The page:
Dietz Pleased With State Budget
The new state budget includes $1.3 million in additional money for Illinois State University.
That is the second lowest state appropriation for ISU in recent memory. ISU President Larry Dietz said optimistically said he's still happy.
"The most important part of this though is the important gesture of having a budget, having a reasonable budget for next year, a full budget for the full year, and that is terrific,” said Dietz.
Dietz said he remains determined and hopeful construction will begin on a new Fine Arts complex. He said he was also pleased with the start of a merit scholarship matching program totalling $25 million statewide. Dietz said the goal is to keep some of the high achieving Illinois high school graduates in the state for college, because once they leave, they tend to settle in other states for adulthood.
“The individual who may start school with a MAP program and then a MAP grant and then maybe not get into second year, you essentially interrupted their schooling. So I think that providing that continuity will help with retention of the students who are recipients of MAP.
"But the bottom line is that the MAP program overall is terribly, terribly underfunded. Only 41 percent of students who apply for MAP in the state actually get it, so, in another way, 59 percent of the population does not receive MAP and many of those students don’t go anywhere, and if they don’t go anywhere, we’re leaving the federal Pell grant money on the table and so, my estimation is we ought to be looking at more and more ways to fund MAP to keep our students in Illinois and going to Illinois institutions. I think it’d be a wise investment," said Dietz.
"We ought to be looking at more and more ways to fund MAP to keep our students in Illinois and going to Illinois institutions."
Currently, there is $401.3 million appropriated toward MAP. The state board had requested an additional $100 million in order to aid more students to pursue a higher education. Illinois’s merit program has never been strong, Dietz said, and is still lacking in comparison to neighboring states.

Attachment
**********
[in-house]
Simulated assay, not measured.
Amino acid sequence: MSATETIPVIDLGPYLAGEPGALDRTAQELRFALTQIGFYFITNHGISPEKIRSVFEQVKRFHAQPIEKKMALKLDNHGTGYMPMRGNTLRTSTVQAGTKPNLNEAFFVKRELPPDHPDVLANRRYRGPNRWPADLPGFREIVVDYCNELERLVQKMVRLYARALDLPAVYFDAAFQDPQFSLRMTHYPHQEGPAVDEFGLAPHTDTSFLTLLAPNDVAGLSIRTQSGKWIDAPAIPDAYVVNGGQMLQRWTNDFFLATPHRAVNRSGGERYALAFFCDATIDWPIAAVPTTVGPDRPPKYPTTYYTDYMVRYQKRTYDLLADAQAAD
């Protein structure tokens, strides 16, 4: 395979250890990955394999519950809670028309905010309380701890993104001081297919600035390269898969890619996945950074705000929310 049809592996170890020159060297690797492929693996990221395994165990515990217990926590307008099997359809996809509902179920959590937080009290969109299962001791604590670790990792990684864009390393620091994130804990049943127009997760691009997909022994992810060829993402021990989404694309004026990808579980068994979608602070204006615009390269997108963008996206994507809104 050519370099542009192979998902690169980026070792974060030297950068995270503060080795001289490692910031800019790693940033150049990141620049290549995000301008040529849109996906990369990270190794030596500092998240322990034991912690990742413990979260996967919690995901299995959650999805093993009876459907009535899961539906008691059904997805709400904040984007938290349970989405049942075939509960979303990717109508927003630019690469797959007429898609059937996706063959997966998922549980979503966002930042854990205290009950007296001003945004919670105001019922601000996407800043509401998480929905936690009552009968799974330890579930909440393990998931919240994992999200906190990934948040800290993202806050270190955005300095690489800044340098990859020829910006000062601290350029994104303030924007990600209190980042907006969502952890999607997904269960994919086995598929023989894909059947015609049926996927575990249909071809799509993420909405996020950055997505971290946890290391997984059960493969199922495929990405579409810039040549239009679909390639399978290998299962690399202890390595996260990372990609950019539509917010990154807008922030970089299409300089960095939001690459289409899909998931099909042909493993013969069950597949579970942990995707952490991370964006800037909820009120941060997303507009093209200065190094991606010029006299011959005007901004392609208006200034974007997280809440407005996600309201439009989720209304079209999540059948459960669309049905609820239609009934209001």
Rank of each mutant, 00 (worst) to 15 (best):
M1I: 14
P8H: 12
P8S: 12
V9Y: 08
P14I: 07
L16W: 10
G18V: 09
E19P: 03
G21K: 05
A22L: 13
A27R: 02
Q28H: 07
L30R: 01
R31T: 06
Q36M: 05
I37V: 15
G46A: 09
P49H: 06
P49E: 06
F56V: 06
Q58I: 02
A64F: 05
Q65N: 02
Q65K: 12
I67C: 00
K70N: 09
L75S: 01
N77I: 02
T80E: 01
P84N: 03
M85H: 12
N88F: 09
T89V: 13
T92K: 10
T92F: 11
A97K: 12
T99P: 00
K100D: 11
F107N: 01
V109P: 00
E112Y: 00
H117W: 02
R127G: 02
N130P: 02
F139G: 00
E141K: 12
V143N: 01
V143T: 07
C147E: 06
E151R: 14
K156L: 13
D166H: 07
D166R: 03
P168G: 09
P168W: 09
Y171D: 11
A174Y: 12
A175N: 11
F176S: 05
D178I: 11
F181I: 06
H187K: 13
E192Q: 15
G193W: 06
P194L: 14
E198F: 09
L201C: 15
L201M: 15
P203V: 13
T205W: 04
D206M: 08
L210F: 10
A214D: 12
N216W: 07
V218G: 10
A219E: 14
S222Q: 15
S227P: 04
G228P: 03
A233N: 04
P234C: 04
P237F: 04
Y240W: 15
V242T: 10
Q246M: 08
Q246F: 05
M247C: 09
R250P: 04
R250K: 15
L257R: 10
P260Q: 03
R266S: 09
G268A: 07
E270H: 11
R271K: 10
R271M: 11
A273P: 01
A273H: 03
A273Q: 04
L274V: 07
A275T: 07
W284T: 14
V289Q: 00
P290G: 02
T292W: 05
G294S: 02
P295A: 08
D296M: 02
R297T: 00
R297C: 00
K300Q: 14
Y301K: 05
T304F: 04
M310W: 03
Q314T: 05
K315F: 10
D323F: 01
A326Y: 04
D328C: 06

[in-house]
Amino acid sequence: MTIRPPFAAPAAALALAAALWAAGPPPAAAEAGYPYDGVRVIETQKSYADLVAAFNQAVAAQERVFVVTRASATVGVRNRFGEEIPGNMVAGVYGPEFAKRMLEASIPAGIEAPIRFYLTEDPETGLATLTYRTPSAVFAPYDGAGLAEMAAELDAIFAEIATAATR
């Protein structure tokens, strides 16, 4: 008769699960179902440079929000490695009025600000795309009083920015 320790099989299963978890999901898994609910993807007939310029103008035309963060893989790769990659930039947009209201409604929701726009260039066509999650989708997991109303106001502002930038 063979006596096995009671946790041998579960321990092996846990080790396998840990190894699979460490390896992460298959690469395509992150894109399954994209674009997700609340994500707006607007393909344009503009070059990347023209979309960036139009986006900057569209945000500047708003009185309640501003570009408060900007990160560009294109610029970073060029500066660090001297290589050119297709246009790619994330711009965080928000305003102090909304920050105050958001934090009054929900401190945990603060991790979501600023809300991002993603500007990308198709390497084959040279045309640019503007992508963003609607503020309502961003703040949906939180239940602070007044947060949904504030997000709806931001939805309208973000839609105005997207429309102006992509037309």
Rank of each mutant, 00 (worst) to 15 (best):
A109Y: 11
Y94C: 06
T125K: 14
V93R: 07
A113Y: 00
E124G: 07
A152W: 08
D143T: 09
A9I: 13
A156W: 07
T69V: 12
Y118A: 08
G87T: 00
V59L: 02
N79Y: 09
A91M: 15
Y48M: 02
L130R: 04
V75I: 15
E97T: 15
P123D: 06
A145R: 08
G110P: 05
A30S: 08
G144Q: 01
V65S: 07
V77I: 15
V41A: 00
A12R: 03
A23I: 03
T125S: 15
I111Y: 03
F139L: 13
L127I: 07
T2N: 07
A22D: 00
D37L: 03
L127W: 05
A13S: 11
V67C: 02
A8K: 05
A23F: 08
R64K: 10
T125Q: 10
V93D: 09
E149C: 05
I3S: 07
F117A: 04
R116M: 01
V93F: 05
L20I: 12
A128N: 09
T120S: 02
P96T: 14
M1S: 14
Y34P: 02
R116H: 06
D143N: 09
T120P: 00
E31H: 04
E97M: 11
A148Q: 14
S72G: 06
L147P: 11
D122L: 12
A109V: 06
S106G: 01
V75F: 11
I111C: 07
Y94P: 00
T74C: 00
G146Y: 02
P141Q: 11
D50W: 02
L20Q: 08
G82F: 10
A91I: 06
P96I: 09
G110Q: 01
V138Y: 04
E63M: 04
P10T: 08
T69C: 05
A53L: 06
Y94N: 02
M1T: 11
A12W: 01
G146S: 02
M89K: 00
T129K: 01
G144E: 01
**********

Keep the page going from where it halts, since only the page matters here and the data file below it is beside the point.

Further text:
Dietz expressed hope this funding level will not be the new norm for ISU.
“The norm has been decrease, decrease, decrease, so the first thing that we wanted was stability,” said Dietz.
Even a stable budget, he said, might encourage increased prospective students.
Dietz declined to wade into the question whether lawmakers and the governor had not performed their jobs the last several years.
“I think that there was, three years ago, a distinct difference between the two parties and what they thought the role of government should be, and unfortunately a lot of us got caught in that debate. And I think that it has finally come to the point where the most important thing is that people reach across the aisle and they work together and they compromise and collaborate and cajole and persuade but they get together to serve the people of Illinois and their districts and in our case obviously higher education. And they’ve done that, so to me it signals that they obviously can work together and do good things, and I hope that this is a signal for continue to get things done," said Dietz.
Meanwhile, the state budget appropriated $500 million to University of Illinois for the Discovery Partners Institute, an innovation center.
“It’s an ambitious project, one that I think that they hope will attract will attract major industry into Chicago. Whether or not this is the time or not is really left to the politicians to decide, but we’re delighted that the capital appropriations we received. We hope those dollars will be released,” said Dietz.
Dietz hopes to make progress on the new Fine Arts complex for ISU.
“We hope those dollars will be released. The College of Fine Arts has been very patient since 2009, and really since then, and we really hope to build that building. We’re ready to go. The architecture design is completed, and we need it. We’ve already spent about 10 percent of the overall cost of that project on maintenance and fixing pipes that have burst and so forth, and we want to build that project and get that completed so we can move on.”
Since 2009, construction costs have shifted.
“They factor in an automatic inflation rate each year that a project like that is not completed, and so that’s the difference between the originally proposed $54 million and the now proposed $61 million is that automatic inflation piece that’s in that,” said Dietz.
Dietz said ISU will revise the plans but not start over.
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